Newswise — NASA’s InSight lander, designed to measure seismic activity on Mars and study the planet’s internal structure, is scheduled to launch from Vandenberg Air Force Base, California on Saturday, May 5.

Don Banfield, a senior research associate specializing in planetary sciences at Cornell University will be at the launch on Saturday. He is a co-investigator and member of the science team for NASA’s InSight Mars lander. Banfield says winds and temperature changes on Mars can interfere with the seismic signals gathered by InSight, but that special wind and pressure sensors will ensure accurate measurements, while shedding light on weather phenomena on the red planet.


Banfield says:

“My work on the mission is associated with InSight’s auxiliary instruments, used to remove unwanted environmental signals from the seismic records. That is, winds and temperature and pressure changes. The winds directly shake the seismometer, and while we have a special shield over the seismometer to guard against wind buffeting and temperature changes, it can’t remove all of these effects. The lander will carry two wind sensors (built and contributed by Spain) that will alert us to when the winds are too high and the seismic signals are contaminated by wind buffeting.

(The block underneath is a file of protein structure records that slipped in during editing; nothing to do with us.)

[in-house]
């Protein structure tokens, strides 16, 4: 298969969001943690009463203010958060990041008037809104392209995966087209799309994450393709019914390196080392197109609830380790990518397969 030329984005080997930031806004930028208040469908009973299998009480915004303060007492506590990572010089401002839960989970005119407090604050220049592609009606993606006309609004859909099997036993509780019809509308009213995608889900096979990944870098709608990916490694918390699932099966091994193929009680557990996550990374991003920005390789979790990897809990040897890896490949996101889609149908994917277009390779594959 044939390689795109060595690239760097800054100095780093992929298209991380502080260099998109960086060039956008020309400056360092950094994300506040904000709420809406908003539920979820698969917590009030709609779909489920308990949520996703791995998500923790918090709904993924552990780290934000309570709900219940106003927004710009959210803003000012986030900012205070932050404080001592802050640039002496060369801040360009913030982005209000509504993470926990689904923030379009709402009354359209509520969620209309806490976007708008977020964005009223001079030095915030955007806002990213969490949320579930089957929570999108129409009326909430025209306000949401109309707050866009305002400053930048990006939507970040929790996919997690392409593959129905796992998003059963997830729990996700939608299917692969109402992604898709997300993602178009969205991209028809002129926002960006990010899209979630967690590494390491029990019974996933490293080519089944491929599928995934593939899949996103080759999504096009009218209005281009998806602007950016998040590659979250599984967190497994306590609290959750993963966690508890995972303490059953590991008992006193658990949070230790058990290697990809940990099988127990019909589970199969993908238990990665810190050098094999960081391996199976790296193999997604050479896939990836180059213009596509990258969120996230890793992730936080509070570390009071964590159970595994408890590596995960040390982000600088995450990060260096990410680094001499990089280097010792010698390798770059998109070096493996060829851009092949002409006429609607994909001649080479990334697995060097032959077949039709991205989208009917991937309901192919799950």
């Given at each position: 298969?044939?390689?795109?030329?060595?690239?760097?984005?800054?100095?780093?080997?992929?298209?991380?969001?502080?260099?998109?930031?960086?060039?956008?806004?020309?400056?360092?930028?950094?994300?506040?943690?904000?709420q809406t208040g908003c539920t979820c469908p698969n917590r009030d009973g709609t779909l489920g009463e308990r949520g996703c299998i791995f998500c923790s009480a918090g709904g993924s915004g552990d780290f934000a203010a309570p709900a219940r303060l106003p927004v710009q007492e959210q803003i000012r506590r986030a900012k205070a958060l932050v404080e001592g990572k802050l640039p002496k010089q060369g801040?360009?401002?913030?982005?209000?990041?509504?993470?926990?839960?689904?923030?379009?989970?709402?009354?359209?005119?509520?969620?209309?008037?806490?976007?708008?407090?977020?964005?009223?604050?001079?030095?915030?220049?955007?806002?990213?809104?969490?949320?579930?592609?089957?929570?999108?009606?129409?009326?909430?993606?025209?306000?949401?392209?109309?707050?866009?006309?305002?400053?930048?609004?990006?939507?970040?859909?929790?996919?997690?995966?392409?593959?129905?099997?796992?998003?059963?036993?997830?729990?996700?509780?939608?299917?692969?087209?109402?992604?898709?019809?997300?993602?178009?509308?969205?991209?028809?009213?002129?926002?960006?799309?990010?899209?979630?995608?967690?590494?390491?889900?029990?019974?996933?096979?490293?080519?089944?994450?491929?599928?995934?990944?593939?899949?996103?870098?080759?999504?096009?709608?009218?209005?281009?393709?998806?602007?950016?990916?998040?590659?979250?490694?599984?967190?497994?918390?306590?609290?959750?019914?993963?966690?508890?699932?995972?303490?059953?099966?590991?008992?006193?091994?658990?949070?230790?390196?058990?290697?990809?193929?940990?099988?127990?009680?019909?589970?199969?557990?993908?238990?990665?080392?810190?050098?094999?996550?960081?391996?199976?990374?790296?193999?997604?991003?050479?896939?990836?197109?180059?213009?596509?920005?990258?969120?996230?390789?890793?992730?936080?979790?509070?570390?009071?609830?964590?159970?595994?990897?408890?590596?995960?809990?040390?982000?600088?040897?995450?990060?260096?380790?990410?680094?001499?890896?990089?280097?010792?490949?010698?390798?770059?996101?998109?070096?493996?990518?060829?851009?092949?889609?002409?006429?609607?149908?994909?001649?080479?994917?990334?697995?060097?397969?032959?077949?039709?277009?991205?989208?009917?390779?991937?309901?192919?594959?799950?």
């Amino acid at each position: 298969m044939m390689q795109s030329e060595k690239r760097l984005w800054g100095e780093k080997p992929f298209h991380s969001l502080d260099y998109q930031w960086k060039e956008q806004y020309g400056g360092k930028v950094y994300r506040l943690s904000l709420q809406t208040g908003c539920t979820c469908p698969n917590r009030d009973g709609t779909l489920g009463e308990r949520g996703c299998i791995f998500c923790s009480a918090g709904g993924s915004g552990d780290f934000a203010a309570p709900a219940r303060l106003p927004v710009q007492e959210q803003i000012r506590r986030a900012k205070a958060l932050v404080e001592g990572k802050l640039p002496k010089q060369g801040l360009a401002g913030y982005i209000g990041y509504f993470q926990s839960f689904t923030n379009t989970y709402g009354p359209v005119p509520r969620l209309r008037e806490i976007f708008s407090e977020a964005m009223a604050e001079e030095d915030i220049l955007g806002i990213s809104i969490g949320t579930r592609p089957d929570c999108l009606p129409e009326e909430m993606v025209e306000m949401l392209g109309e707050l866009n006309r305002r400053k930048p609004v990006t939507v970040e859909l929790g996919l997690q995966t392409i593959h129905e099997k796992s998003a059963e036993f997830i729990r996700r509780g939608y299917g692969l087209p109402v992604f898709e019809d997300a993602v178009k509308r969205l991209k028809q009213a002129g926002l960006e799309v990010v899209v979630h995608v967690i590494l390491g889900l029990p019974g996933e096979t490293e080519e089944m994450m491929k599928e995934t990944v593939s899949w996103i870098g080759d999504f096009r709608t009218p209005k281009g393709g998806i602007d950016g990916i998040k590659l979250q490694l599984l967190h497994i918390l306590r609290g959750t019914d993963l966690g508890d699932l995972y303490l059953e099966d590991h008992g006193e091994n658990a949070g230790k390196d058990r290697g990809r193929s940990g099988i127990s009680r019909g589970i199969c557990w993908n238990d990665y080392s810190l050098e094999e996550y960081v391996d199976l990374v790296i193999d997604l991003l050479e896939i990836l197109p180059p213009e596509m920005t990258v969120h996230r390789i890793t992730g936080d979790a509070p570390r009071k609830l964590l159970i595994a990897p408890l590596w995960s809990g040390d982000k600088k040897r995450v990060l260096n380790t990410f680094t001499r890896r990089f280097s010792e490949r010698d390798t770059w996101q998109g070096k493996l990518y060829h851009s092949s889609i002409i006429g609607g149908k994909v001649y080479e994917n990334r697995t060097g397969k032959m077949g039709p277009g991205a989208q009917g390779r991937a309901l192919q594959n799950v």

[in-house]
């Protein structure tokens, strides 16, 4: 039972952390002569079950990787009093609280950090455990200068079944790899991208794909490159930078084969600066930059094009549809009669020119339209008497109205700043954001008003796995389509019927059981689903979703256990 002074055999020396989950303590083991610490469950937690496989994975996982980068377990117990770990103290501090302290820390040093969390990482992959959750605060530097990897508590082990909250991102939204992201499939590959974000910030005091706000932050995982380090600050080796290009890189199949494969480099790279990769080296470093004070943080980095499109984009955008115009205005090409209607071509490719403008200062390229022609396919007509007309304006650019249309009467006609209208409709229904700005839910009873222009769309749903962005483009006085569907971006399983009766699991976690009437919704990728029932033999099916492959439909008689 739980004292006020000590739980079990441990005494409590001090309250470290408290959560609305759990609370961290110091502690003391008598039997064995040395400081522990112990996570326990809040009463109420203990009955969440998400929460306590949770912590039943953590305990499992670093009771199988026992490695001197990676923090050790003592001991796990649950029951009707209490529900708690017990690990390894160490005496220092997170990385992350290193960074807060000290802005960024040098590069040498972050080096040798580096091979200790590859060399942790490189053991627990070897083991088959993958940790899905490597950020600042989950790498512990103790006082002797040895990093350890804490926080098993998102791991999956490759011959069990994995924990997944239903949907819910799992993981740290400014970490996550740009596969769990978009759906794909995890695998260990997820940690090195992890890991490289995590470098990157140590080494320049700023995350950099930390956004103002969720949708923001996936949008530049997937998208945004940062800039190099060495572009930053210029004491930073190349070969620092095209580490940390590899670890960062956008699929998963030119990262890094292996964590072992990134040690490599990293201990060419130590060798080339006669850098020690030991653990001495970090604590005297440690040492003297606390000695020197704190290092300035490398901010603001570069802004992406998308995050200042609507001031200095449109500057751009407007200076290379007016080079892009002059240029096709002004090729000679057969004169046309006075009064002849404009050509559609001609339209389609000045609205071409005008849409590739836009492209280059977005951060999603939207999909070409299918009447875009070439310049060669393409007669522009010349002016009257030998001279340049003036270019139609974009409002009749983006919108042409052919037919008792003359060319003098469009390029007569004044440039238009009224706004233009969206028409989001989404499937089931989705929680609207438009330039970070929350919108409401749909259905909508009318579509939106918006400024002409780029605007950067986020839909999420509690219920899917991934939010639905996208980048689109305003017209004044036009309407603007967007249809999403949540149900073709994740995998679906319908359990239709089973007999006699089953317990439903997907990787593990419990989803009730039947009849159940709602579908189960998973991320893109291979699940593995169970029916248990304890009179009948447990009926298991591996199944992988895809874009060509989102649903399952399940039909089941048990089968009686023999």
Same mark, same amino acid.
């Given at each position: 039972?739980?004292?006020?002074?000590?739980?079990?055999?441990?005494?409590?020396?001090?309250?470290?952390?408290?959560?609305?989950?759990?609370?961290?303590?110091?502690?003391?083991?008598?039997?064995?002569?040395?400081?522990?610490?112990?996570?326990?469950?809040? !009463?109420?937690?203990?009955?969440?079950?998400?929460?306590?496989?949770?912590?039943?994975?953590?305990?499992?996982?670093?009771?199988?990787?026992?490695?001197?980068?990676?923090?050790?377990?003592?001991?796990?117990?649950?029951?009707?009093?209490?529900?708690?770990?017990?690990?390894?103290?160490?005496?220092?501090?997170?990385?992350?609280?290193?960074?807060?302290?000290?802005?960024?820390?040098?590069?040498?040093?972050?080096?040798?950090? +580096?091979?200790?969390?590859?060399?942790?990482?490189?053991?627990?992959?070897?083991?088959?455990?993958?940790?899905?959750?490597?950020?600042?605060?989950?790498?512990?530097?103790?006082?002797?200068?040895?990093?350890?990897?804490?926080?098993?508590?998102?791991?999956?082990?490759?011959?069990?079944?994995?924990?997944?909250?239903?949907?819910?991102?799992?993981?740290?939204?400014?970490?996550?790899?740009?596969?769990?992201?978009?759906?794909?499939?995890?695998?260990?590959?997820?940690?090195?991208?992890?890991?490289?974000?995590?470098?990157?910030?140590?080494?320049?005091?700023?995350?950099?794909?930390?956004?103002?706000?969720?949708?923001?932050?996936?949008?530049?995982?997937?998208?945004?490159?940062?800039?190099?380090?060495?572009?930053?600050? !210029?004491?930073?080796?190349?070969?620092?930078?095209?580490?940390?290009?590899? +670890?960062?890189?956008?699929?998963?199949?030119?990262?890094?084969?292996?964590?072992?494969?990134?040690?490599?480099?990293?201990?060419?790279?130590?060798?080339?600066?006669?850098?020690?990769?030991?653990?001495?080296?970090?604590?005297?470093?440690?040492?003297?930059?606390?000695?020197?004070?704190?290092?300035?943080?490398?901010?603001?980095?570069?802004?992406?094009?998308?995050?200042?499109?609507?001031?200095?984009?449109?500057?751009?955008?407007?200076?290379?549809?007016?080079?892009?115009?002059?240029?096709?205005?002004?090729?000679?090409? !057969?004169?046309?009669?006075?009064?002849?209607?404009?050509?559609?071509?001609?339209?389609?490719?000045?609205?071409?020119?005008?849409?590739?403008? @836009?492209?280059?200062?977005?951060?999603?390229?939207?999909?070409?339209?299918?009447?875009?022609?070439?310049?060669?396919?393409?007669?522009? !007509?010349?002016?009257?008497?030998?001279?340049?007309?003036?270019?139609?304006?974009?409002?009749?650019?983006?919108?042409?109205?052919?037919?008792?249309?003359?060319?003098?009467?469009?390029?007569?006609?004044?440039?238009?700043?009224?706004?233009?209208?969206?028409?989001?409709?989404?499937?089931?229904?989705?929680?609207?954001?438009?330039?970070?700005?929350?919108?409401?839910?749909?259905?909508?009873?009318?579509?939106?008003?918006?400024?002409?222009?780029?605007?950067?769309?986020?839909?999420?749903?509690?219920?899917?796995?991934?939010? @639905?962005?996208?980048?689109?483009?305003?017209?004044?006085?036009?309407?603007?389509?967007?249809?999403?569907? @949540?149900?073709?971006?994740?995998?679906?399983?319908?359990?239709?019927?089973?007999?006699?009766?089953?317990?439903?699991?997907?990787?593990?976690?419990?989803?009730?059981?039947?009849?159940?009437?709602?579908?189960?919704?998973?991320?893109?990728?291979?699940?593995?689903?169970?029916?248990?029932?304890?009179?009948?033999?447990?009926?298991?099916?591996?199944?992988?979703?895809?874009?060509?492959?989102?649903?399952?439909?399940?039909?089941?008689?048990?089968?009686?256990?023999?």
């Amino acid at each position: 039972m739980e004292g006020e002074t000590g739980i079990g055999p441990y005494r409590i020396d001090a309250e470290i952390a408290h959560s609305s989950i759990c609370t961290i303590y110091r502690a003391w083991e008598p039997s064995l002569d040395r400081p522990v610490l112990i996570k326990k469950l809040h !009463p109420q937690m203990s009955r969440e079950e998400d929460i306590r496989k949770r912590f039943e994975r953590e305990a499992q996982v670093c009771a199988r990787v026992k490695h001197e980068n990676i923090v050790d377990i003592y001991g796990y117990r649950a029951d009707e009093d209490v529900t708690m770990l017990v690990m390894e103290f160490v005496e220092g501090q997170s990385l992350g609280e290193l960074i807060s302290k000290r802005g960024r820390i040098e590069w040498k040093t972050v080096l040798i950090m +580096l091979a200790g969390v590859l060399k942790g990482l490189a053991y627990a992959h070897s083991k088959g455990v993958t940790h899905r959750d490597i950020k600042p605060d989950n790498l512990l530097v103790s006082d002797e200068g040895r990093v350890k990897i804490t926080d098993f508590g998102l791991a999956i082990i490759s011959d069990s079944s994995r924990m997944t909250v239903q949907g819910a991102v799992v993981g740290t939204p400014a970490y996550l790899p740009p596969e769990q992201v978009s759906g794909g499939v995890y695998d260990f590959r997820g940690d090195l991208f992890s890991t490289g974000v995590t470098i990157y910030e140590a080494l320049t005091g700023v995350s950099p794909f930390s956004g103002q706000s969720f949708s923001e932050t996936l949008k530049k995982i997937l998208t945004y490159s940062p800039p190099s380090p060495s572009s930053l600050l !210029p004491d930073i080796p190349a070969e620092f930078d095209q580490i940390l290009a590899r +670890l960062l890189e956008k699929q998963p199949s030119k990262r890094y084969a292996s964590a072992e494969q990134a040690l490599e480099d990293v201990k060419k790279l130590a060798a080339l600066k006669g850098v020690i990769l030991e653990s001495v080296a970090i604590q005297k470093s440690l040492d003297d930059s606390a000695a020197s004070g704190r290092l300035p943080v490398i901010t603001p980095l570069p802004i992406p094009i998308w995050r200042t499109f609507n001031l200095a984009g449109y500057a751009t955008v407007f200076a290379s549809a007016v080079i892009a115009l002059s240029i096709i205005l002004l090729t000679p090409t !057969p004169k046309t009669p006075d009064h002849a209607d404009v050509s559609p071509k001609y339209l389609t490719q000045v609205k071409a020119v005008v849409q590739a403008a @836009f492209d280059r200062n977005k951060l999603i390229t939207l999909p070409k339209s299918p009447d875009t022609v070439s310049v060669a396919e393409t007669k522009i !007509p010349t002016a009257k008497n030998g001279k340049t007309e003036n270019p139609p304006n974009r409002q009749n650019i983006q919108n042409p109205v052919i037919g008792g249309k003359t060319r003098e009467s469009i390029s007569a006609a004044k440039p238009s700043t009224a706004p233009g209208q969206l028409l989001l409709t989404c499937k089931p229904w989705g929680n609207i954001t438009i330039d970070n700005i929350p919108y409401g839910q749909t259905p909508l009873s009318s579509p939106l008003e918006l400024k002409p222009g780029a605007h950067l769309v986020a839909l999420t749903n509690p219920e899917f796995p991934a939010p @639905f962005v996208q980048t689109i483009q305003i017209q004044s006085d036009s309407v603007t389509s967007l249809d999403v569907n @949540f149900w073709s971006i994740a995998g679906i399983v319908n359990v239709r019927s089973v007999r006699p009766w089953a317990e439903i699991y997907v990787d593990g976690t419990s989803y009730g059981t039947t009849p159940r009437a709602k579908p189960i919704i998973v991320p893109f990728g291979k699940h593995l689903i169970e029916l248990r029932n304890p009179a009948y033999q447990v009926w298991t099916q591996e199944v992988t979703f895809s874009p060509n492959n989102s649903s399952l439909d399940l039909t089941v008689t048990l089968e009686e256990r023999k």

“It will also carry the most sensitive pressure sensor yet sent to Mars. When weather systems pass by the lander, the pressure changes — as it does on Earth. These pressure changes actually deflect the ground slightly, with more or less atmospheric weight on a specific place. This changing loading on the ground surface actually causes very small tilts to occur at the lander and change with time. We will measure the pressure very precisely and then try to remove those atmospheric pressure-induced tilts from the seismic signals.

“We also will be using the wind temperature and pressure sensor to study weather phenomena at Mars. In particular, we expect that our very sensitive pressure sensor will be able to detect dust devils much farther away than in previous missions. We will be able to take a census of the dust devils and better understand their behavior and what they can then teach us about the Mars atmosphere in general.”

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